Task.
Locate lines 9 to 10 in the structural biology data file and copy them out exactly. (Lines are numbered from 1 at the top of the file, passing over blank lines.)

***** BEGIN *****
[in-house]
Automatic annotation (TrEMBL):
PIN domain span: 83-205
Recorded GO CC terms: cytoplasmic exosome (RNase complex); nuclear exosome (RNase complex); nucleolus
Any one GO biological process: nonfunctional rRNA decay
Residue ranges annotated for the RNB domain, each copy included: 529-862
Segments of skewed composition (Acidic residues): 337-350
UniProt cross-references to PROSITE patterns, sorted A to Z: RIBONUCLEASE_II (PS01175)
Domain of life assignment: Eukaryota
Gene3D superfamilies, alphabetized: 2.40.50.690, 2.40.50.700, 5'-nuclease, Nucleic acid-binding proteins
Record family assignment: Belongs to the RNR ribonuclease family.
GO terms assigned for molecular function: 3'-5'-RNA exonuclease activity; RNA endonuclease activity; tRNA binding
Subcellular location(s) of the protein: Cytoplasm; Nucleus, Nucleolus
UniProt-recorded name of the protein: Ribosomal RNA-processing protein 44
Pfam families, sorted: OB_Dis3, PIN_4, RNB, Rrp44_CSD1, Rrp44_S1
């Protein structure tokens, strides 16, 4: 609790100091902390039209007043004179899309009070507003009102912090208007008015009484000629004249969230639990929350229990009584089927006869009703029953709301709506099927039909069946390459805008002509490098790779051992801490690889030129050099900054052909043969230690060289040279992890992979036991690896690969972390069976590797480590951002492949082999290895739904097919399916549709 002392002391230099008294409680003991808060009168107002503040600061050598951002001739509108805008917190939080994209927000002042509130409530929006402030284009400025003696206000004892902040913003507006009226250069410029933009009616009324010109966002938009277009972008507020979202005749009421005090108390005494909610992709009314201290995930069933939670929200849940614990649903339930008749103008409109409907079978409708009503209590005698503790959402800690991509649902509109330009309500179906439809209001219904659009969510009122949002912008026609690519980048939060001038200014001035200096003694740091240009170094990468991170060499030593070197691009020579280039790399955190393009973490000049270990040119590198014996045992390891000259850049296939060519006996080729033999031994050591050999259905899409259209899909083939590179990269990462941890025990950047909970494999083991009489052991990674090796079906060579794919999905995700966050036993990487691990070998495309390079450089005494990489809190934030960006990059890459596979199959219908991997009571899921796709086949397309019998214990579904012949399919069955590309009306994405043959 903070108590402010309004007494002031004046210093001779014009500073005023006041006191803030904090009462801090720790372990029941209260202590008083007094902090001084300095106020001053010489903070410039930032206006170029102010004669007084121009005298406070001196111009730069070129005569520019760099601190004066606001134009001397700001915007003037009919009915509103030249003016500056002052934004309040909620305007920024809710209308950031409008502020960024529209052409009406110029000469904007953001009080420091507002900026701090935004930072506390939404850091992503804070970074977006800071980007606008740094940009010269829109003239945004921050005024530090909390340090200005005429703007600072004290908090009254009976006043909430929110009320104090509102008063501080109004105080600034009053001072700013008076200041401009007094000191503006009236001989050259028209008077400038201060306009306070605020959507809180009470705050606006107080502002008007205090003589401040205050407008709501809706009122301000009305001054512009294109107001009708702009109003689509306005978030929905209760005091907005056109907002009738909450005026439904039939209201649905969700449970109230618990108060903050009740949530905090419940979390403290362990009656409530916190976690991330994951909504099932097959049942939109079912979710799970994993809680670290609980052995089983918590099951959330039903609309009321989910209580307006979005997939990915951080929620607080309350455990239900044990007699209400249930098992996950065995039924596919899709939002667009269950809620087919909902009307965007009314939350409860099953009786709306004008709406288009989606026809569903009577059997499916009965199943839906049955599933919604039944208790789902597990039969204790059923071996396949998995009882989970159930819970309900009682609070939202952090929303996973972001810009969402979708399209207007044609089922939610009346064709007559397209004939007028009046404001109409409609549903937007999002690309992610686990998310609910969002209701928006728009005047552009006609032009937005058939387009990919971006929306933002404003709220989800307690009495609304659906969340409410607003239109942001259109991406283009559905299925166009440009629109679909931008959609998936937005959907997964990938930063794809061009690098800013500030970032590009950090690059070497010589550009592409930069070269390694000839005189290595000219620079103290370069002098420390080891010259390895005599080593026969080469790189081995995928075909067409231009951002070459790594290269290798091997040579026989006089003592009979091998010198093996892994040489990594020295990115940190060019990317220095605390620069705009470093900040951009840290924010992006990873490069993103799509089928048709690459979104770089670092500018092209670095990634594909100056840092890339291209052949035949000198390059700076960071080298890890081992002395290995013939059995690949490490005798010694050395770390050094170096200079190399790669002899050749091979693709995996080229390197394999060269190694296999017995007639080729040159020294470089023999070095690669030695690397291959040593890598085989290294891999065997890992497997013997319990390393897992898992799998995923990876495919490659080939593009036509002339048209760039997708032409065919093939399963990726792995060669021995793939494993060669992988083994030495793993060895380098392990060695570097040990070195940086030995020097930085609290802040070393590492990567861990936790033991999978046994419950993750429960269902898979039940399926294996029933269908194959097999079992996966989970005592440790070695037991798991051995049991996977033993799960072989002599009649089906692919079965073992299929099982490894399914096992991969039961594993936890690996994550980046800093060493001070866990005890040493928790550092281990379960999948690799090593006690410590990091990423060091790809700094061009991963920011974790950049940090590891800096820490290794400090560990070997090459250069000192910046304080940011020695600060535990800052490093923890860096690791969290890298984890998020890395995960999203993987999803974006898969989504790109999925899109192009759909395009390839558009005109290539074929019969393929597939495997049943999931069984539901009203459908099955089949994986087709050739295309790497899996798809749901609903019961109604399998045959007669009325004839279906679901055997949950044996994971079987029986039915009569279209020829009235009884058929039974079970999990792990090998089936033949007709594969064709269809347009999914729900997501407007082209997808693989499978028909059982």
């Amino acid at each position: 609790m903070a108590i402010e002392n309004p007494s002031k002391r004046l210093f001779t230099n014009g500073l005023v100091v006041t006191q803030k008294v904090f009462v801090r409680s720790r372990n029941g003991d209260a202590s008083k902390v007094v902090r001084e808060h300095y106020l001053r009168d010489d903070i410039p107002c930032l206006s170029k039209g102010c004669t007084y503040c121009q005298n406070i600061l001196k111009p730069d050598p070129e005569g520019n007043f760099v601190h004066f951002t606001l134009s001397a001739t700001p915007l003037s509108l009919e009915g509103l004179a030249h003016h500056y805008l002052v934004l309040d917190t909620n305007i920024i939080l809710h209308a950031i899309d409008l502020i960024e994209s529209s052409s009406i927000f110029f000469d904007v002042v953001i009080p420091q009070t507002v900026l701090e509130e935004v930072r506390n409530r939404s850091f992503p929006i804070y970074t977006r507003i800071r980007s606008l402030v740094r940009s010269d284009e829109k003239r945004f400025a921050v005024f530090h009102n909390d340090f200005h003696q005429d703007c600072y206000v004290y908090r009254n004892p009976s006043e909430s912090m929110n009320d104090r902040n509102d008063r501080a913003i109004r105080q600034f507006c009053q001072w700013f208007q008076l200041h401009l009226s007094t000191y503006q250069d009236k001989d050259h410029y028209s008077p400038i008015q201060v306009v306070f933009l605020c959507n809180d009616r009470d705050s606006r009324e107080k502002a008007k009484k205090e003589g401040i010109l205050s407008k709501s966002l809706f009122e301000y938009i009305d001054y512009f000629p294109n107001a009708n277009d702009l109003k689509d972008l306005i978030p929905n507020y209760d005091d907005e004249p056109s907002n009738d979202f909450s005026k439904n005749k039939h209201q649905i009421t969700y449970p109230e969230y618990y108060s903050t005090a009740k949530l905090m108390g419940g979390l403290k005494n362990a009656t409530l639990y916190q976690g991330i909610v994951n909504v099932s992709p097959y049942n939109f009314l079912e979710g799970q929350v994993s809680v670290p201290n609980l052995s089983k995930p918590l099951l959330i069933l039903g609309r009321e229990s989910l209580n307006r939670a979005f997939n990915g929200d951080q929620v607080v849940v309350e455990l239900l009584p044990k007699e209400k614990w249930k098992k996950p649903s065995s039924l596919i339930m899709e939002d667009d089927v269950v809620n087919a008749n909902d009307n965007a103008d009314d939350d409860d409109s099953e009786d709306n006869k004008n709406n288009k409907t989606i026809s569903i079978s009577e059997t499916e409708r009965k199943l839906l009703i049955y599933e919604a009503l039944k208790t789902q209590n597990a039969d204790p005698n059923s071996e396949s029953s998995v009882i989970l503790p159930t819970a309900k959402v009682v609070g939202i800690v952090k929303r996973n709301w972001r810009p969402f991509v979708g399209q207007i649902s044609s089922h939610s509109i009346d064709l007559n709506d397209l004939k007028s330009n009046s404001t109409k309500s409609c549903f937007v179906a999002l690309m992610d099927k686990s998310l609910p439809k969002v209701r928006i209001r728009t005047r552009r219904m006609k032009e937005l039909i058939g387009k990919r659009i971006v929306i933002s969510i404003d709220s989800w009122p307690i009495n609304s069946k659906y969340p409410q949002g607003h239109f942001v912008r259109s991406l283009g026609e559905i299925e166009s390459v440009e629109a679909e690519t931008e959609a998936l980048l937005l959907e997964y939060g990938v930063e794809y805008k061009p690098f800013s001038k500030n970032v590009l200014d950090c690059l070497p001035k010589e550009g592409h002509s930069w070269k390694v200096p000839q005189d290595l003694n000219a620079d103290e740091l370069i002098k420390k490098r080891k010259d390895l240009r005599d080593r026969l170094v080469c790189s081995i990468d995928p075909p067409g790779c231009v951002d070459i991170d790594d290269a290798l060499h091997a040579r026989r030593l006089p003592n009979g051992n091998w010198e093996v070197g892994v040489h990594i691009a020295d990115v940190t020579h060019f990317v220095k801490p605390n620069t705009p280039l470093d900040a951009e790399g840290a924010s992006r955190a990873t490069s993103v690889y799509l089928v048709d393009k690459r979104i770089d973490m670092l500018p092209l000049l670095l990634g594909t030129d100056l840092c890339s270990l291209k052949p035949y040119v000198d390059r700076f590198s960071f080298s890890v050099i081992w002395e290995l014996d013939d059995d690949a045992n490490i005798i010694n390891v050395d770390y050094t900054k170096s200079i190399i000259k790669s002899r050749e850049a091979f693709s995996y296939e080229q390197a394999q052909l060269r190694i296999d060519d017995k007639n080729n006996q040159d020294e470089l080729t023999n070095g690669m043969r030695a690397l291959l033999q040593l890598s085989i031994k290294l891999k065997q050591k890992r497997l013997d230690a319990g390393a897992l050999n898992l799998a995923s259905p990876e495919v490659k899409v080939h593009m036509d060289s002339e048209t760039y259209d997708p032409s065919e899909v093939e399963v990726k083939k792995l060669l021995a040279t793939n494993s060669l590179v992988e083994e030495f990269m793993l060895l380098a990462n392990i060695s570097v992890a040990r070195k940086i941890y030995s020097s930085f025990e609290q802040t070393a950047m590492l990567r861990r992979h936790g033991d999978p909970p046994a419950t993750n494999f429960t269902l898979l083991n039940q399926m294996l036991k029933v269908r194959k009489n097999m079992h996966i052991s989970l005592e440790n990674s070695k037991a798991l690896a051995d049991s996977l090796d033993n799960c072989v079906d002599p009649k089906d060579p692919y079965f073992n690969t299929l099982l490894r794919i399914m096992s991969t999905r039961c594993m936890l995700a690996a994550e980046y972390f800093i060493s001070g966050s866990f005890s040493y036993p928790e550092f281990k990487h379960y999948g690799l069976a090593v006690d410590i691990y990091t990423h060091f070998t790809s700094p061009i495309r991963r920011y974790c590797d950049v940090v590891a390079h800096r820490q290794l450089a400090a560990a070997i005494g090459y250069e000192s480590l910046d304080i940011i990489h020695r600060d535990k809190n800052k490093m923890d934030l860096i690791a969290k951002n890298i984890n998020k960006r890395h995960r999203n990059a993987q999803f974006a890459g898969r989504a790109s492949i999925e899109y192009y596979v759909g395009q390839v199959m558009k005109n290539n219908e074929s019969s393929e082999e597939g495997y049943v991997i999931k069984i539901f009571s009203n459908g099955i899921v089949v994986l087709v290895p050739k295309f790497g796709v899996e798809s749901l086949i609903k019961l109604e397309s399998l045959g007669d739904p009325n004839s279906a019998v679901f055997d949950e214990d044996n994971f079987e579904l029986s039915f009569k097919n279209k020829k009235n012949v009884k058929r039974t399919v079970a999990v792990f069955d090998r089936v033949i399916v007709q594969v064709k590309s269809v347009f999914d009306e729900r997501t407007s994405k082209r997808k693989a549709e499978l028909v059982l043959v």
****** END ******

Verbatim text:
Domain of life assignment: Eukaryota
Gene3D superfamilies, alphabetized: 2.40.50.690, 2.40.50.700, 5'-nuclease, Nucleic acid-binding proteins